Both of you are wrong and so is Dustin Kirkland (whoever he is). The core of your error is in this statement:
Only secrets can be used as token for authentication.
That sentence is true, as stated, but only because it includes the word "token". Yes if you're using secret tokens for authentication, then the tokens must be secret. But exchanging secrets (or proof of possession of secrets, which is what most cryptographic authentication protocols do) is not the only way to do authentication. Not by a long shot. In fact, humans hardly ever use secrets for authentication.
How do you identify and authenticate your mom? Do you ask her for a secret password? Of course not. You use the same tools for both identifying and authenticating her, and those tools are a set of biometric markers. The same set of tools are also used in high security situations. Back when I was a security guard in the Air Force, I was trained that personal recognition is the very best form of authentication. Not only is it not necessary to check the badge of an individual you know personally, badge-checking is inferior to personal recognition for authentication (note that badge-checking may still be important for authorization, verifying that the person who has been identified and authenticated actually has permission to enter. Thus I was trained to always check the access control list before allowing someone near nuclear weapons).
With respect to user authentication in electronic contexts we generally use secrets because computers don't (or at least haven't) had the ability to use the sorts of biometric authentication that humans use quite effectively. But, when we equip them with biometric sensors, they can.
HOWEVER, this does not mean that biometrics are useful for authentication in all circumstances.
Secret-based authentication has the advantage that -- assuming the secret has sufficient entropy and can be assumed not to have leaked nor been intercepted and cannot be rerouted (note that that's a pretty long list of criteria, some of which are hard to establish) -- you don't have to worry about the possibility that the authentication could be spoofed. An attacker who doesn't know the secret can't fake knowing the secret.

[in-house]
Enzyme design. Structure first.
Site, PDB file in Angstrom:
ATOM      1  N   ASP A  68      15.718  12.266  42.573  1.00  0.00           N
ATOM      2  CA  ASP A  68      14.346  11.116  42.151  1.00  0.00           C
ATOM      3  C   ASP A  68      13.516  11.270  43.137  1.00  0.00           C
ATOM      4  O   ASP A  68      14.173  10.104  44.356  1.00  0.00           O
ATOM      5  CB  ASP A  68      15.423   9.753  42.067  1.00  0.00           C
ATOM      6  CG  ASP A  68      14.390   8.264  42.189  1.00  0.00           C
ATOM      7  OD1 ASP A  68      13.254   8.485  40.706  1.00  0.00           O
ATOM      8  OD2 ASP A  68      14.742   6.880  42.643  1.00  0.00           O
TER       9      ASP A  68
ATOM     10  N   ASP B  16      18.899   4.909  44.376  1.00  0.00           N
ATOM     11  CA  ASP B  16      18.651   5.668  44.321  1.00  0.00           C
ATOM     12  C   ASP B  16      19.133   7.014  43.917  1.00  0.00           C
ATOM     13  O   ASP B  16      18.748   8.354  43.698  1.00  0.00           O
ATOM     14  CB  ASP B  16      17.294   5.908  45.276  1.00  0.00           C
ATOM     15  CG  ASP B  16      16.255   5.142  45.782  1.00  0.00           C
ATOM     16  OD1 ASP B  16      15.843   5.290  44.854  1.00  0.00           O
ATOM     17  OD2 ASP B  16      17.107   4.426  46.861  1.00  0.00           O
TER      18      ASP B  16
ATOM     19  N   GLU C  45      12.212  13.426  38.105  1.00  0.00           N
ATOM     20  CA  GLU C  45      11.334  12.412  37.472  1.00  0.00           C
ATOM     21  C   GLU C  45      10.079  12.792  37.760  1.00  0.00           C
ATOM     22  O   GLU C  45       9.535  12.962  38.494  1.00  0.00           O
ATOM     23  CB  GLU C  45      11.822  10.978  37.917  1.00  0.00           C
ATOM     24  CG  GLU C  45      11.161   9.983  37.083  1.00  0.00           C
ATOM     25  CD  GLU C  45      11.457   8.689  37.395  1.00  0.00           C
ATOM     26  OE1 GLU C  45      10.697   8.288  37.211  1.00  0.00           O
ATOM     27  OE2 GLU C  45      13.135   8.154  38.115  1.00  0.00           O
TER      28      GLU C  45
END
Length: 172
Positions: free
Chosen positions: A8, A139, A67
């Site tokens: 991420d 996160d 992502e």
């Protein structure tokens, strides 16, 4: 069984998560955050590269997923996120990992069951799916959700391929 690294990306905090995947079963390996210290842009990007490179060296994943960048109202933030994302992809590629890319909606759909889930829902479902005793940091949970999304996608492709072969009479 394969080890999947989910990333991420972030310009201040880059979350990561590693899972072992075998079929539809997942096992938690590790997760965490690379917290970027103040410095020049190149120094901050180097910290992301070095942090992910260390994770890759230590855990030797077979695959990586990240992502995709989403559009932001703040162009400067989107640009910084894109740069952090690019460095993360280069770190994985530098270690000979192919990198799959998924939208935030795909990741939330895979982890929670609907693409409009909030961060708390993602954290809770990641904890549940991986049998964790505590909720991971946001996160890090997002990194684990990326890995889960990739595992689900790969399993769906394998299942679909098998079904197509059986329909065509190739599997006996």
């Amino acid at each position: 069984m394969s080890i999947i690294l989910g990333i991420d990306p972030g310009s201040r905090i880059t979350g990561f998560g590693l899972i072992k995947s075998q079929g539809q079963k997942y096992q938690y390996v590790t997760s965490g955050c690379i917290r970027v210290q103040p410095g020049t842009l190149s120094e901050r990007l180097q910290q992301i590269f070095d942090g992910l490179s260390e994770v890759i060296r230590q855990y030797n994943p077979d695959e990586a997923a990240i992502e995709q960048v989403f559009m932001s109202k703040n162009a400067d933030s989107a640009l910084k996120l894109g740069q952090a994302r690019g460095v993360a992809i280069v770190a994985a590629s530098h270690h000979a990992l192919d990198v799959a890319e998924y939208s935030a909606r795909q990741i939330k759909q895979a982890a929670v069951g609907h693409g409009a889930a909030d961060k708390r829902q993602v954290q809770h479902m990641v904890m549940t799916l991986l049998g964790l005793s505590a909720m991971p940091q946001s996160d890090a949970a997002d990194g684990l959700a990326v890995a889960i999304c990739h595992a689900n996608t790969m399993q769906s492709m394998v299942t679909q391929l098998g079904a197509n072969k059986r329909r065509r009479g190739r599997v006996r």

Biometrics, though, are not secrets. They are public knowledge. This means that an attacker must be expected to have access to copies of our fingerprints or faces. The biometric authentication process is different, though. It does not rely on secrecy of the authenticator, but instead on non-replayability. If we can be certain that (for example) the fingerprint placed on the scanner belongs to the person we wish to authenticate, and that the stored template we match against belongs to the person we wish to authenticate, then we can perform a good authentication. The fact that the fingerprint is not secret does not matter.
Where biometrics fail is if (a) we can't be certain that the livescan data acquired from the sensor belongs to the person trying to authenticate or (b) the stored template belongs to the person we wish to authenticate. Part (a) is particularly difficult to validate in many contexts because faking the input isn't necessarily hard to do, and in some cases an attacker can even bypass the sensor entirely and simply inject a digital copy.
This doesn't mean biometrics are worthless, it just means they're only useful in certain contexts. And, again, their utility for authentication has nothing to do with their secrecy. And rotation is likewise irrelevant and silly to discuss. You need to rotate secrets because you can't be certain they have stayed secret and because if they have low-ish entropy they may have been brute forced. None of that applies to biometrics because they're not secrets and their utility as authenticators does not depend on secrecy.
Can we please kill this incorrect meme about biometrics as identifiers, not authenticators? They can be either, or both, and are used as both, by billions of people, every day, with high effectiveness and reliability. Whether or not they provide security depends on the context.
With respect to credit card payments, fingerprint and facial recognition biometrics are pretty reasonable tools. This is especially true if the sensors are provided by the retailer, and the consumer is providing a traditional electronic authentication (cryptographic challenge-response) with their smartphone or smart card. It's not quite as good if the smartphone is also providing the fingerprint scanner and camera, because in the event of an attempted fraudulent transaction that means the attacker is in control of those components.
But you also have to consider the model that is being replaced. Is fingerprint plus face recognition better than a signature which is theoretically matched by a non-expert human, but in practice never checked at all? Absolutely. Is it better than a four-digit PIN? That's debatable, but it's at least in the same ballpark.